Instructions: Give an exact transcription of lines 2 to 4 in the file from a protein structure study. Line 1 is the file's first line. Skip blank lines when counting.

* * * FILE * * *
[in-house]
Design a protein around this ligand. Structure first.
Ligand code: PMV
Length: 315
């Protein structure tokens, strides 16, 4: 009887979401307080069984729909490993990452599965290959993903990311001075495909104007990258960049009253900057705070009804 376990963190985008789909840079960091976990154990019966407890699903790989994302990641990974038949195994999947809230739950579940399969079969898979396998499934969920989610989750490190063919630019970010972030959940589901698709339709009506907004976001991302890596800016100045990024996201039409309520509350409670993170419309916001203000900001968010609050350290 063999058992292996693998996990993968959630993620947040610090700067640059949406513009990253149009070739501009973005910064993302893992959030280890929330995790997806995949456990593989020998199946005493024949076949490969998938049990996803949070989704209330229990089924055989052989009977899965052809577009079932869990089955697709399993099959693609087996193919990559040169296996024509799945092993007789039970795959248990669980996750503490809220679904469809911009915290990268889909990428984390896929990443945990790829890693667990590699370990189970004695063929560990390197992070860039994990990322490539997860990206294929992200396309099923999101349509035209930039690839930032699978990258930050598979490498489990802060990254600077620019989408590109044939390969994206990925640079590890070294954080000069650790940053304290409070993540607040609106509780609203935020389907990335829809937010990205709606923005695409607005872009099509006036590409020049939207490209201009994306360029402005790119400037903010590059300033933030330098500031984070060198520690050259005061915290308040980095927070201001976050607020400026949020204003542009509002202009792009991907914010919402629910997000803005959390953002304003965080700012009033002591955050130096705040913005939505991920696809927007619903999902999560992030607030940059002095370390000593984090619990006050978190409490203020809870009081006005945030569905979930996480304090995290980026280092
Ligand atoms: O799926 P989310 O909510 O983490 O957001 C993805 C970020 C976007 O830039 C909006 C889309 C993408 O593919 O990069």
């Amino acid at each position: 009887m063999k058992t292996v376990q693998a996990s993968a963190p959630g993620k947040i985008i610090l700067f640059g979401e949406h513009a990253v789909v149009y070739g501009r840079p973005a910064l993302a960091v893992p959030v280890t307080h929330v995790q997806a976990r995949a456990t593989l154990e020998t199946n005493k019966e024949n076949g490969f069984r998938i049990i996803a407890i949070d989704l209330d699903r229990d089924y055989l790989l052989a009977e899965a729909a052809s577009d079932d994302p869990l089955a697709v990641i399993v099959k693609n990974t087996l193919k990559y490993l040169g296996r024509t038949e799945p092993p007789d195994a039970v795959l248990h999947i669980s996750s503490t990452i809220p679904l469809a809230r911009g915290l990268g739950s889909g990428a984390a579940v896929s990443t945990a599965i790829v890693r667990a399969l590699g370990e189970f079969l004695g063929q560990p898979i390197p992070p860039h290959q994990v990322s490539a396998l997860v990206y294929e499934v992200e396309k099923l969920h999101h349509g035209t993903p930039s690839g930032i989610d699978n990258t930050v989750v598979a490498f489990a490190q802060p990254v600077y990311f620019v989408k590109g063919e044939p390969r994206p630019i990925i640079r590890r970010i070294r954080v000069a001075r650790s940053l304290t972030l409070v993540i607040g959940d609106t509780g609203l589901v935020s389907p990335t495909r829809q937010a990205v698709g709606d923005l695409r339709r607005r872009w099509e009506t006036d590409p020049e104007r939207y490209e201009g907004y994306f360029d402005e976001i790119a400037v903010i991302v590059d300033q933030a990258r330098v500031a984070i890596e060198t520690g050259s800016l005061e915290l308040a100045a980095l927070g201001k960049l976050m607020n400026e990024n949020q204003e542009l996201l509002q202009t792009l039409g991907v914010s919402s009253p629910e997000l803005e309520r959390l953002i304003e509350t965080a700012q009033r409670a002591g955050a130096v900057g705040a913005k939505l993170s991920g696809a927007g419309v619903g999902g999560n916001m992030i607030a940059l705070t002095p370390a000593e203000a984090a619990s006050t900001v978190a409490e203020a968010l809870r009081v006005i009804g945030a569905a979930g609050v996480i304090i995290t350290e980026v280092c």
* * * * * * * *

Design a protein around this ligand. Structure first.
Ligand code: PMV
Length: 315